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George Michael Hahn (November 24, 1830- March 15, 1886 was a Republican Governor of Louisiana, Congressman, United States Senator during Reconstruction and after.

Early life

Hahn was born in Klingenm√ľnster, Rhineland-Palatinatemarker, Germanymarker and immigrated with his mother and four siblings to New Yorkmarker and then to Texasmarker. The family arrived in New Orleansmarker in 1840, when Hahn was 10 years old. The following year his mother died of yellow fever. Hahn graduated from City High School, and in 1849, began reading law under Christian Roselius, a prominent Whig attorney and later Attorney General of Louisiana.

Political career

In 1851, Hahn graduated from the University of Louisiana (Tulane Universitymarker) and the following year he was elected to the city school board at the age of 22; he ran the school system as its director. He joined the Democratic party faction led by Pierre Soulé and, in the Presidential Election of 1856, Hahn supported Stephen Douglas over President James Buchanan because of Hahn's philosophical opposition to slavery and secession.

Hahn became a vocal activist in 1860 against the prevailing Southern view and delivered a pro-Union speech in Lafayette Square. He would avoid taking an oath of allegiance to the Confederacy. An adherent of the Union, Hahn became the U. S. Representative from the Louisiana's 2nd congressional district in 1862. Hahn was one of two Louisiana Representatives seated in the 37th Congress which adjourned on 1863 March 4. Eventually, Hahn advised that there should be no more representation from Louisiana until it was reconstructed. During his time in Washington, Hahn met and befriended President Abraham Lincoln.

Term as Governor

In 1864, with almost all of Louisiana under federal occupation, General Banks, the Union Military Commander of the Union's Department of the Gulf (responsible, among other things, for civil order in occupied Louisiana) called state elections and convened a constitutional convention. Benjamin Franklin Flanders and Thomas Jefferson Durant, prominent and radical Unionists, opposed the moderate plan called for by General Banks. Hahn purchased a pro-slavery newspaper, the New Orleans True Delta and converted it to moderate Unionism supporting Banks' plan. Hahn also ran for Governor as a moderate Republican and won the election with 54% or 11,411 votes. J. Q. A. Fellows, a conservative received 26% or 2,996 votes and Benjamin Franklin Flanders, the radical Republican received 20% or 2,232 votes.

On March 4, 1864, Hahn was inaugurated as Governor of Union-held Louisiana in an elaborate ceremony paid for by General Banks. In his term, Hahn tried to give vote to blacks, but was only able to adopt the 15th Amendment. Hahn's Administration made serious attempts at ensuring enfranchisement of black Louisianans and laid the foundation for a black school system and began an aborted Reconstruction in Louisiana. Governor Hahn played a leading role in the state constitutional convention of 1864, but he was opposed by Major General Stephen A. Hurlbut who replaced Banks as commander of the Department of the Gulf. General Hurlburt refused to recognize the civil government of Hahn, and so, Hahn ran for and was elected to the U.S. Senate in 1865. On March 3, 1865, Governor Hahn resigned and his Lieutenant Governor James Madison Wells succeeded him.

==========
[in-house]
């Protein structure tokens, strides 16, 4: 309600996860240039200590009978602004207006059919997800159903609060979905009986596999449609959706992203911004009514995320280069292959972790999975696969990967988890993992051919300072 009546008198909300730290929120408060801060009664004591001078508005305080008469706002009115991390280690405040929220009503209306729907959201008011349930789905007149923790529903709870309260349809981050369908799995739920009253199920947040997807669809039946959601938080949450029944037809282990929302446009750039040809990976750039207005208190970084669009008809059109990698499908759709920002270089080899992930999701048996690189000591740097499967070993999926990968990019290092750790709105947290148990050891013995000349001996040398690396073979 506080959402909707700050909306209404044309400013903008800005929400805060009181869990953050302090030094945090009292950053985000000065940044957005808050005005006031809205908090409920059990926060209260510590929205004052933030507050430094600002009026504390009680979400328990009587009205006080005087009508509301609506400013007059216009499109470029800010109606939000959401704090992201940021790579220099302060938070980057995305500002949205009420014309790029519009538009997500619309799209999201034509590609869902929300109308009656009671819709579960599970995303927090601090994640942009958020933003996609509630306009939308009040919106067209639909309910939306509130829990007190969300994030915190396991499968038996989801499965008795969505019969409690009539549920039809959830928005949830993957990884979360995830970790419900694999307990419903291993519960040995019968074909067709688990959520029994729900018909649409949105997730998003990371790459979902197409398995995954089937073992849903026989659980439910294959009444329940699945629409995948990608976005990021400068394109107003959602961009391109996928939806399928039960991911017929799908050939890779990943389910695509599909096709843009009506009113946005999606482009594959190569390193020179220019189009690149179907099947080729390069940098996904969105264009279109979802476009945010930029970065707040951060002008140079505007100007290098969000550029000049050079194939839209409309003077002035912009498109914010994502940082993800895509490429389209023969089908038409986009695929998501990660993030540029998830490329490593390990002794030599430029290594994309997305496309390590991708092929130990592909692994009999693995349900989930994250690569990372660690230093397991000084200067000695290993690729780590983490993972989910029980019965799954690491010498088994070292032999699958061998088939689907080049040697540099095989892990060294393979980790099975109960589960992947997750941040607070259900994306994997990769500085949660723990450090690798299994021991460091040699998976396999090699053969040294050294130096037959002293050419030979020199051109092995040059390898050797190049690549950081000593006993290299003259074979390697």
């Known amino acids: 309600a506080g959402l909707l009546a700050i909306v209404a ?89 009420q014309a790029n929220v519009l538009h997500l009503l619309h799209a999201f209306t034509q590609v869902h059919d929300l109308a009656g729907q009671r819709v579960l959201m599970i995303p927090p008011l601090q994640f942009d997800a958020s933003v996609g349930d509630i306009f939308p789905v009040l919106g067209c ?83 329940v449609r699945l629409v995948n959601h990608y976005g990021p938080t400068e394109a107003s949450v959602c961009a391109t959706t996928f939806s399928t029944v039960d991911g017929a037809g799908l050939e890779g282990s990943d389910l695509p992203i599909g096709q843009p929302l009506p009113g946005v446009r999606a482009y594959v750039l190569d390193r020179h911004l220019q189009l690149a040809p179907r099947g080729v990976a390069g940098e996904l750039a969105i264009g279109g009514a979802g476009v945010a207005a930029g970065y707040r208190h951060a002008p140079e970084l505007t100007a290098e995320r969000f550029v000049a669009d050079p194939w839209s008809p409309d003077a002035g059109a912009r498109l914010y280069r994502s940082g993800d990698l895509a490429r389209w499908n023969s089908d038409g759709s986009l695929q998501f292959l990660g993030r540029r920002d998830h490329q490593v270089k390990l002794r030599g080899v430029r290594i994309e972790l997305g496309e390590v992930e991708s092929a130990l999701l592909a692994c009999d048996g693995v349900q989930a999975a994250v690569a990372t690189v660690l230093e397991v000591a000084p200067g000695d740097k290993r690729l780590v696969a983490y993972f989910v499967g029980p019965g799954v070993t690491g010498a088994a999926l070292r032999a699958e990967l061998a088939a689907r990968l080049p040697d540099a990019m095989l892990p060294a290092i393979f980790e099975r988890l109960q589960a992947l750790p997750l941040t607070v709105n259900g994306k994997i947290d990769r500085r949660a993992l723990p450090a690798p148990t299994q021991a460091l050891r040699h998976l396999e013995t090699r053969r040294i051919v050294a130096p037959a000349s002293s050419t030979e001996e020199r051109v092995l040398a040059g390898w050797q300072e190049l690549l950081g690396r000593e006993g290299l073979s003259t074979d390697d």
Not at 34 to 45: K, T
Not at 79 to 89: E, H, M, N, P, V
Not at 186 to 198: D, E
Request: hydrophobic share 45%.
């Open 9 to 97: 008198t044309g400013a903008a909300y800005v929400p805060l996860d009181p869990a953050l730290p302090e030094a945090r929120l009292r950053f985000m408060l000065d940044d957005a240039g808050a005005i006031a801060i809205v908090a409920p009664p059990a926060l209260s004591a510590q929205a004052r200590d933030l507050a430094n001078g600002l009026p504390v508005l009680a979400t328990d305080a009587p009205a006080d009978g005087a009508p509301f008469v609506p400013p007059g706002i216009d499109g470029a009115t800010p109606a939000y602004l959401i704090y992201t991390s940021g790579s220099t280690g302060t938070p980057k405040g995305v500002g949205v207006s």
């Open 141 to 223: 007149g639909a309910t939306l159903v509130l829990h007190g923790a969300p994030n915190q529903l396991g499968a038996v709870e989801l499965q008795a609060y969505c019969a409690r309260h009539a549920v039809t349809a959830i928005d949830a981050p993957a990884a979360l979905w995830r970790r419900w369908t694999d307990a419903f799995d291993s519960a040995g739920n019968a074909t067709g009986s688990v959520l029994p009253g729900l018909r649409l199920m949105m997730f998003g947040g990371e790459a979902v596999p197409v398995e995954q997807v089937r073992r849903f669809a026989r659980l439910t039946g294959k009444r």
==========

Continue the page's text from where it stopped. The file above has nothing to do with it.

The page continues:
Political editor and congressman

After President Lincoln was assassinated in April, 1865, and Congress refused to seat any Representatives or Senators from the South until a reconstruction plan could be carried out. So, Senator-elect Hahn returned to New Orleans and allied himself with radical Republicans calling for a Convention to revise the Constitution of 1864 to include black suffrage. This led to his almost being killed on 1866 July 30 during a New Orleans Police riot.

Hahn subsequently became Editor and manager of the New Orleans Republican newspaper, and in 1872 he moved to a plantation in St. Charles Parishmarker and established the village of Hahnvillemarker where he published the St. Charles Herald.

From 1871-1878 Hahn served in the state legislature. There he served as Chairman of the Judiciary Committee and Speaker of the House. He was appointed Superintendent of the U. S. Mint in 1878, serving until January 1879. At that point, Hahn was appointed Judge of the 26th Judicial District which included Saint John the Baptist, Saint Charlesmarker and Jefferson parishes. In the 1880 elections, Hahn established and edited the New Orleans Ledger to promote Republican candidates, and in 1884 Hahn was elected to Congress as the Republican candidate for Louisiana's 2nd congressional district‚ÄĒa race which he won by 1,300 votes. Finally serving as a federal legislator from Louisiana, Hahn died on 1866 March 15 in his room at the Willard Hotelmarker in Washington, DCmarker, with a ruptured vessel near his heart. He was buried in New Orleans' Metairie Cemetery; he died poor and unmarried.

References

  • Congressional Biography
  • Baker, Vaughn B., and Amos E. Simpson. Michael Hahn: Steady Patriot Louisiana History 13 (summer 1972): pp. 229-52.


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